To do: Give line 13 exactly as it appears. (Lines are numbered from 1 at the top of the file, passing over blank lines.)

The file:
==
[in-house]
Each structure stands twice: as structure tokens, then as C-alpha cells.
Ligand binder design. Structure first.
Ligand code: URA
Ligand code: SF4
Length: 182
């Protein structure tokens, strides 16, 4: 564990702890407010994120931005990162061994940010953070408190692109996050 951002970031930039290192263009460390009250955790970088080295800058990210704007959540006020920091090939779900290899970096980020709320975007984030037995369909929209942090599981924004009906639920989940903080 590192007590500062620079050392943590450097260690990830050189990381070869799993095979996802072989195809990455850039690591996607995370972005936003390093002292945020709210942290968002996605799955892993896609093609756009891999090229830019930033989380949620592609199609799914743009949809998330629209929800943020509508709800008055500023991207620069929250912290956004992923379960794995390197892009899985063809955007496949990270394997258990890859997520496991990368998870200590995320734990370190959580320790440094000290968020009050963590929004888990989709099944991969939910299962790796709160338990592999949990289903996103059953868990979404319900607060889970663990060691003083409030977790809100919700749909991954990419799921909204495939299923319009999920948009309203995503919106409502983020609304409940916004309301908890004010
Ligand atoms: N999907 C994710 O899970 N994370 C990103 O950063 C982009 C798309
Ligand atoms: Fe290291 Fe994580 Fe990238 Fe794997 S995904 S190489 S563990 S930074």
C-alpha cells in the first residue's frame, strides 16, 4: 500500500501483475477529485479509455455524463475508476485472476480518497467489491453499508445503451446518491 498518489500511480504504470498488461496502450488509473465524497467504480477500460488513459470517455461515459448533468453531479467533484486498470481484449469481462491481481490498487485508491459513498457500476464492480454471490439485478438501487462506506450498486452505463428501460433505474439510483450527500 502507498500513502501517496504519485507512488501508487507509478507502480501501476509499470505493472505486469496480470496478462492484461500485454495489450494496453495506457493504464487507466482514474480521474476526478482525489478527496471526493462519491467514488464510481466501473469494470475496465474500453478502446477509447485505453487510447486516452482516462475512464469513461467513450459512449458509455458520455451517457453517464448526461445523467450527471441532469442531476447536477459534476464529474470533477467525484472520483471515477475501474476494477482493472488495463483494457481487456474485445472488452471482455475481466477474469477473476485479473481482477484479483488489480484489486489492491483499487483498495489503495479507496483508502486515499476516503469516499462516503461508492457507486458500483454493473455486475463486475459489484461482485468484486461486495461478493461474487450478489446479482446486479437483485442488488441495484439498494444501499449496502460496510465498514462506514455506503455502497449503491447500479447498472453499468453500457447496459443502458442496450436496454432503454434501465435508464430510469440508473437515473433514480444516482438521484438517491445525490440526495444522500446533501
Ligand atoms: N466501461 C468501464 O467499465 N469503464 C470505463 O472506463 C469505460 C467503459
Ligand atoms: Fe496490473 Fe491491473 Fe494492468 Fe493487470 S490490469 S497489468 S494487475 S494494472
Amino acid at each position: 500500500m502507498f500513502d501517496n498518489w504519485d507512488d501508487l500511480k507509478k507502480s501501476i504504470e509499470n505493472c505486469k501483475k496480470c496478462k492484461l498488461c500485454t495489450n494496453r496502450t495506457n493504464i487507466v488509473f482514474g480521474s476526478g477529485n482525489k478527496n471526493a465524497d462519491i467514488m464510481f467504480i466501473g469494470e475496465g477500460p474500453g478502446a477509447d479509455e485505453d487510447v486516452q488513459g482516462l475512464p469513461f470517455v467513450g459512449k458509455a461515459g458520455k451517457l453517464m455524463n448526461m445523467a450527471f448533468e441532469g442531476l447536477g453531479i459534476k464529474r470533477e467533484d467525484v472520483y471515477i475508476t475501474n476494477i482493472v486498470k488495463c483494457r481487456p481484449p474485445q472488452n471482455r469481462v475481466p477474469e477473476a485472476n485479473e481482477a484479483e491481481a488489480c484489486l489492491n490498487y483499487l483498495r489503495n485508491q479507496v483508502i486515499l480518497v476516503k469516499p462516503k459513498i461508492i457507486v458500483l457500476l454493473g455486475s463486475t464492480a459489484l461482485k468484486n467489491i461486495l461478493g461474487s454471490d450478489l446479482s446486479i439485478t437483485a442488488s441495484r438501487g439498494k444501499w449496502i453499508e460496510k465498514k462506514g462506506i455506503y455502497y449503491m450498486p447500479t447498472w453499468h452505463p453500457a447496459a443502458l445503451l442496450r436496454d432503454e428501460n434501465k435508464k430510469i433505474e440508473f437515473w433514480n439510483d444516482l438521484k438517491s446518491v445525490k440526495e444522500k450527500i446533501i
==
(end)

Amino acid at each position: 500500500m502507498f500513502d501517496n498518489w504519485d507512488d501508487l500511480k507509478k507502480s501501476i504504470e509499470n505493472c505486469k501483475k496480470c496478462k492484461l498488461c500485454t495489450n494496453r496502450t495506457n493504464i487507466v488509473f482514474g480521474s476526478g477529485n482525489k478527496n471526493a465524497d462519491i467514488m464510481f467504480i466501473g469494470e475496465g477500460p474500453g478502446a477509447d479509455e485505453d487510447v486516452q488513459g482516462l475512464p469513461f470517455v467513450g459512449k458509455a461515459g458520455k451517457l453517464m455524463n448526461m445523467a450527471f448533468e441532469g442531476l447536477g453531479i459534476k464529474r470533477e467533484d467525484v472520483y471515477i475508476t475501474n476494477i482493472v486498470k488495463c483494457r481487456p481484449p474485445q472488452n471482455r469481462v475481466p477474469e477473476a485472476n485479473e481482477a484479483e491481481a488489480c484489486l489492491n490498487y483499487l483498495r489503495n485508491q479507496v483508502i486515499l480518497v476516503k469516499p462516503k459513498i461508492i457507486v458500483l457500476l454493473g455486475s463486475t464492480a459489484l461482485k468484486n467489491i461486495l461478493g461474487s454471490d450478489l446479482s446486479i439485478t437483485a442488488s441495484r438501487g439498494k444501499w449496502i453499508e460496510k465498514k462506514g462506506i455506503y455502497y449503491m450498486p447500479t447498472w453499468h452505463p453500457a447496459a443502458l445503451l442496450r436496454d432503454e428501460n434501465k435508464k430510469i433505474e440508473f437515473w433514480n439510483d444516482l438521484k438517491s446518491v445525490k440526495e444522500k450527500i446533501i